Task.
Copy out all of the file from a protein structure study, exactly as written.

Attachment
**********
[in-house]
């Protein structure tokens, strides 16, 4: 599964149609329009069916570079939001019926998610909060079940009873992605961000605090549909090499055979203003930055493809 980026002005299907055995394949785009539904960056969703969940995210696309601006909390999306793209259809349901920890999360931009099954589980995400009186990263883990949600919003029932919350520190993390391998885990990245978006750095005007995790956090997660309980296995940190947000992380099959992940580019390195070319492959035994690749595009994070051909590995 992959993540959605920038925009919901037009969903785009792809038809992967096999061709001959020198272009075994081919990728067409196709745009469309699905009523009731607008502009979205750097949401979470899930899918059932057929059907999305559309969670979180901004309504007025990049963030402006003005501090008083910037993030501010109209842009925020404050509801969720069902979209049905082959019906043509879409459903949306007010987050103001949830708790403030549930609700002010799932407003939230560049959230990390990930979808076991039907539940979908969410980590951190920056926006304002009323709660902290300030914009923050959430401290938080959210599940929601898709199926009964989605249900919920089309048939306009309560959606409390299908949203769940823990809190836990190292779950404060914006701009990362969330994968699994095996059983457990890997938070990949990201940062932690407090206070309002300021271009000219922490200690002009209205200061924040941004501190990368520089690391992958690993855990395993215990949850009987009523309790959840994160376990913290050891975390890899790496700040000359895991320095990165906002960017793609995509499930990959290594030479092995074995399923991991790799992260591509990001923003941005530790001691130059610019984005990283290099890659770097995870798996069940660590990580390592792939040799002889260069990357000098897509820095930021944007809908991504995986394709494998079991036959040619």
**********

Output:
[in-house]
């Protein structure tokens, strides 16, 4: 599964149609329009069916570079939001019926998610909060079940009873992605961000605090549909090499055979203003930055493809 980026002005299907055995394949785009539904960056969703969940995210696309601006909390999306793209259809349901920890999360931009099954589980995400009186990263883990949600919003029932919350520190993390391998885990990245978006750095005007995790956090997660309980296995940190947000992380099959992940580019390195070319492959035994690749595009994070051909590995 992959993540959605920038925009919901037009969903785009792809038809992967096999061709001959020198272009075994081919990728067409196709745009469309699905009523009731607008502009979205750097949401979470899930899918059932057929059907999305559309969670979180901004309504007025990049963030402006003005501090008083910037993030501010109209842009925020404050509801969720069902979209049905082959019906043509879409459903949306007010987050103001949830708790403030549930609700002010799932407003939230560049959230990390990930979808076991039907539940979908969410980590951190920056926006304002009323709660902290300030914009923050959430401290938080959210599940929601898709199926009964989605249900919920089309048939306009309560959606409390299908949203769940823990809190836990190292779950404060914006701009990362969330994968699994095996059983457990890997938070990949990201940062932690407090206070309002300021271009000219922490200690002009209205200061924040941004501190990368520089690391992958690993855990395993215990949850009987009523309790959840994160376990913290050891975390890899790496700040000359895991320095990165906002960017793609995509499930990959290594030479092995074995399923991991790799992260591509990001923003941005530790001691130059610019984005990283290099890659770097995870798996069940660590990580390592792939040799002889260069990357000098897509820095930021944007809908991504995986394709494998079991036959040619």